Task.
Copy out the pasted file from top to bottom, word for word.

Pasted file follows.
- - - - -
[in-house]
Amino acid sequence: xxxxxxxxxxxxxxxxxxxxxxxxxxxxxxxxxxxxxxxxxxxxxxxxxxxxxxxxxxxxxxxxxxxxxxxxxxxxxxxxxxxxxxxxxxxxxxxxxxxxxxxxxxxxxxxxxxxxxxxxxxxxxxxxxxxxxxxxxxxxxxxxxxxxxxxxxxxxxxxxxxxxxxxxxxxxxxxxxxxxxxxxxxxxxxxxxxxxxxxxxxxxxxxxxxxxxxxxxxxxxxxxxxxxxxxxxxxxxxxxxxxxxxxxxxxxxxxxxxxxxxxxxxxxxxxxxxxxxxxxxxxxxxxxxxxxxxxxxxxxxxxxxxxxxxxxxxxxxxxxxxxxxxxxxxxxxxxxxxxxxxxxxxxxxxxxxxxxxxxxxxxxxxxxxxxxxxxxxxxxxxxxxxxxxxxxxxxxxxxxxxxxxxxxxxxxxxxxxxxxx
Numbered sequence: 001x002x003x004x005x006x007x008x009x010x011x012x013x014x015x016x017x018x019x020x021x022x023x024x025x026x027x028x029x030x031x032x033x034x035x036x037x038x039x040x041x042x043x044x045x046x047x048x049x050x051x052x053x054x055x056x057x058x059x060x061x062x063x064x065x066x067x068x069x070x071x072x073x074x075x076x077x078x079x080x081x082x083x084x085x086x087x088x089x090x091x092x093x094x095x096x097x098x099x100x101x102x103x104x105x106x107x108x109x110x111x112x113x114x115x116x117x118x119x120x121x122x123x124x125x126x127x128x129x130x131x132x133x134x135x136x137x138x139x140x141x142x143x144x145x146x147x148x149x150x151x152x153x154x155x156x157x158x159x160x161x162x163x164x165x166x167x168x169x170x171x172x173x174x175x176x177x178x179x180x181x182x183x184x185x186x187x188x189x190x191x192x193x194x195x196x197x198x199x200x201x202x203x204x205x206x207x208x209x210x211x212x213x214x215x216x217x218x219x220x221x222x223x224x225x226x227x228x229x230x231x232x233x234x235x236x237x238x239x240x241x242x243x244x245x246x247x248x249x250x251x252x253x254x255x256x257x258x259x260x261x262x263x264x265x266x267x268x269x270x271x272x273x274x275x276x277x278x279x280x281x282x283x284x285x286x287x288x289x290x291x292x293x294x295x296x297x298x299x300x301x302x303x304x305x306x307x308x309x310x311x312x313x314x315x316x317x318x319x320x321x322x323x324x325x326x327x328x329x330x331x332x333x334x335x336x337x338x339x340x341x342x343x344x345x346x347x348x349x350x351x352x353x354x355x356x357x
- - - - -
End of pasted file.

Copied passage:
[in-house]
Amino acid sequence: xxxxxxxxxxxxxxxxxxxxxxxxxxxxxxxxxxxxxxxxxxxxxxxxxxxxxxxxxxxxxxxxxxxxxxxxxxxxxxxxxxxxxxxxxxxxxxxxxxxxxxxxxxxxxxxxxxxxxxxxxxxxxxxxxxxxxxxxxxxxxxxxxxxxxxxxxxxxxxxxxxxxxxxxxxxxxxxxxxxxxxxxxxxxxxxxxxxxxxxxxxxxxxxxxxxxxxxxxxxxxxxxxxxxxxxxxxxxxxxxxxxxxxxxxxxxxxxxxxxxxxxxxxxxxxxxxxxxxxxxxxxxxxxxxxxxxxxxxxxxxxxxxxxxxxxxxxxxxxxxxxxxxxxxxxxxxxxxxxxxxxxxxxxxxxxxxxxxxxxxxxxxxxxxxxxxxxxxxxxxxxxxxxxxxxxxxxxxxxxxxxxxxxxxxxxxxxxxxxxxx
Numbered sequence: 001x002x003x004x005x006x007x008x009x010x011x012x013x014x015x016x017x018x019x020x021x022x023x024x025x026x027x028x029x030x031x032x033x034x035x036x037x038x039x040x041x042x043x044x045x046x047x048x049x050x051x052x053x054x055x056x057x058x059x060x061x062x063x064x065x066x067x068x069x070x071x072x073x074x075x076x077x078x079x080x081x082x083x084x085x086x087x088x089x090x091x092x093x094x095x096x097x098x099x100x101x102x103x104x105x106x107x108x109x110x111x112x113x114x115x116x117x118x119x120x121x122x123x124x125x126x127x128x129x130x131x132x133x134x135x136x137x138x139x140x141x142x143x144x145x146x147x148x149x150x151x152x153x154x155x156x157x158x159x160x161x162x163x164x165x166x167x168x169x170x171x172x173x174x175x176x177x178x179x180x181x182x183x184x185x186x187x188x189x190x191x192x193x194x195x196x197x198x199x200x201x202x203x204x205x206x207x208x209x210x211x212x213x214x215x216x217x218x219x220x221x222x223x224x225x226x227x228x229x230x231x232x233x234x235x236x237x238x239x240x241x242x243x244x245x246x247x248x249x250x251x252x253x254x255x256x257x258x259x260x261x262x263x264x265x266x267x268x269x270x271x272x273x274x275x276x277x278x279x280x281x282x283x284x285x286x287x288x289x290x291x292x293x294x295x296x297x298x299x300x301x302x303x304x305x306x307x308x309x310x311x312x313x314x315x316x317x318x319x320x321x322x323x324x325x326x327x328x329x330x331x332x333x334x335x336x337x338x339x340x341x342x343x344x345x346x347x348x349x350x351x352x353x354x355x356x357x